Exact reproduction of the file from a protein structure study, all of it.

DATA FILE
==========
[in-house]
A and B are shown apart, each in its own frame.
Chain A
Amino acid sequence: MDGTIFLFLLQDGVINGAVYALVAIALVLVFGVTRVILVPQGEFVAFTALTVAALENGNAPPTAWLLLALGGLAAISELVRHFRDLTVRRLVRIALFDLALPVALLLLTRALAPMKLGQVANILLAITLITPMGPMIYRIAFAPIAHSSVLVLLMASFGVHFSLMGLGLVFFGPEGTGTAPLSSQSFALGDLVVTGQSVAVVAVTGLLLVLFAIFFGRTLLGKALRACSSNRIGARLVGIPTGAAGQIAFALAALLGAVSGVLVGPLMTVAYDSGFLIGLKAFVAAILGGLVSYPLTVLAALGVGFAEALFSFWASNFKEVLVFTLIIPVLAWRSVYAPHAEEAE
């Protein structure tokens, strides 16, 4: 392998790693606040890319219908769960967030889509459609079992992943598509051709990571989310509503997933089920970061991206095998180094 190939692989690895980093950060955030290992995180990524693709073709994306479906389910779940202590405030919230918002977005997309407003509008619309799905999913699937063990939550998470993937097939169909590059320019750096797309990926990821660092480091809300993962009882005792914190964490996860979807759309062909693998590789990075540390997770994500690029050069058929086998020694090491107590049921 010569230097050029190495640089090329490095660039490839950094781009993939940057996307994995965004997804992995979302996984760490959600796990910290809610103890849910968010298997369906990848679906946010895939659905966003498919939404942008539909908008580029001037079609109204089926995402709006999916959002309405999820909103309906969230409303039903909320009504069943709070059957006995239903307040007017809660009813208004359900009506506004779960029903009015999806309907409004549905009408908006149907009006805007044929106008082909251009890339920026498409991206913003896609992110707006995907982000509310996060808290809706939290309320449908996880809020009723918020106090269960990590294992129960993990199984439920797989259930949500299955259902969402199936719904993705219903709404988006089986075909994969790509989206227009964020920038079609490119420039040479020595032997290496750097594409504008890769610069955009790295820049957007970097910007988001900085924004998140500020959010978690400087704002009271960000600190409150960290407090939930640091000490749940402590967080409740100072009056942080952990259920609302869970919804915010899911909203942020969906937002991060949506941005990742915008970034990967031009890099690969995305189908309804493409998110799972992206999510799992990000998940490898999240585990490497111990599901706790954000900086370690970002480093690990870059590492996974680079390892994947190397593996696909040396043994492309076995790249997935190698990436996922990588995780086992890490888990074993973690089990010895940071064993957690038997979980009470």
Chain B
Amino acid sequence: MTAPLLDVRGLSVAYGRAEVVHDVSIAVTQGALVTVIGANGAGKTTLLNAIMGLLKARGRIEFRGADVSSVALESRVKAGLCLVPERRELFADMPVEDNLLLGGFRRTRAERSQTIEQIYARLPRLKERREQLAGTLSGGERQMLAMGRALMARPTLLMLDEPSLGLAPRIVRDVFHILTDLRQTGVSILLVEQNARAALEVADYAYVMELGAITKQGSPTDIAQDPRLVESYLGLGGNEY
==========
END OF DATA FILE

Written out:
[in-house]
A and B are shown apart, each in its own frame.
Chain A
Amino acid sequence: MDGTIFLFLLQDGVINGAVYALVAIALVLVFGVTRVILVPQGEFVAFTALTVAALENGNAPPTAWLLLALGGLAAISELVRHFRDLTVRRLVRIALFDLALPVALLLLTRALAPMKLGQVANILLAITLITPMGPMIYRIAFAPIAHSSVLVLLMASFGVHFSLMGLGLVFFGPEGTGTAPLSSQSFALGDLVVTGQSVAVVAVTGLLLVLFAIFFGRTLLGKALRACSSNRIGARLVGIPTGAAGQIAFALAALLGAVSGVLVGPLMTVAYDSGFLIGLKAFVAAILGGLVSYPLTVLAALGVGFAEALFSFWASNFKEVLVFTLIIPVLAWRSVYAPHAEEAE
């Protein structure tokens, strides 16, 4: 392998790693606040890319219908769960967030889509459609079992992943598509051709990571989310509503997933089920970061991206095998180094 190939692989690895980093950060955030290992995180990524693709073709994306479906389910779940202590405030919230918002977005997309407003509008619309799905999913699937063990939550998470993937097939169909590059320019750096797309990926990821660092480091809300993962009882005792914190964490996860979807759309062909693998590789990075540390997770994500690029050069058929086998020694090491107590049921 010569230097050029190495640089090329490095660039490839950094781009993939940057996307994995965004997804992995979302996984760490959600796990910290809610103890849910968010298997369906990848679906946010895939659905966003498919939404942008539909908008580029001037079609109204089926995402709006999916959002309405999820909103309906969230409303039903909320009504069943709070059957006995239903307040007017809660009813208004359900009506506004779960029903009015999806309907409004549905009408908006149907009006805007044929106008082909251009890339920026498409991206913003896609992110707006995907982000509310996060808290809706939290309320449908996880809020009723918020106090269960990590294992129960993990199984439920797989259930949500299955259902969402199936719904993705219903709404988006089986075909994969790509989206227009964020920038079609490119420039040479020595032997290496750097594409504008890769610069955009790295820049957007970097910007988001900085924004998140500020959010978690400087704002009271960000600190409150960290407090939930640091000490749940402590967080409740100072009056942080952990259920609302869970919804915010899911909203942020969906937002991060949506941005990742915008970034990967031009890099690969995305189908309804493409998110799972992206999510799992990000998940490898999240585990490497111990599901706790954000900086370690970002480093690990870059590492996974680079390892994947190397593996696909040396043994492309076995790249997935190698990436996922990588995780086992890490888990074993973690089990010895940071064993957690038997979980009470």
Chain B
Amino acid sequence: MTAPLLDVRGLSVAYGRAEVVHDVSIAVTQGALVTVIGANGAGKTTLLNAIMGLLKARGRIEFRGADVSSVALESRVKAGLCLVPERRELFADMPVEDNLLLGGFRRTRAERSQTIEQIYARLPRLKERREQLAGTLSGGERQMLAMGRALMARPTLLMLDEPSLGLAPRIVRDVFHILTDLRQTGVSILLVEQNARAALEVADYAYVMELGAITKQGSPTDIAQDPRLVESYLGLGGNEY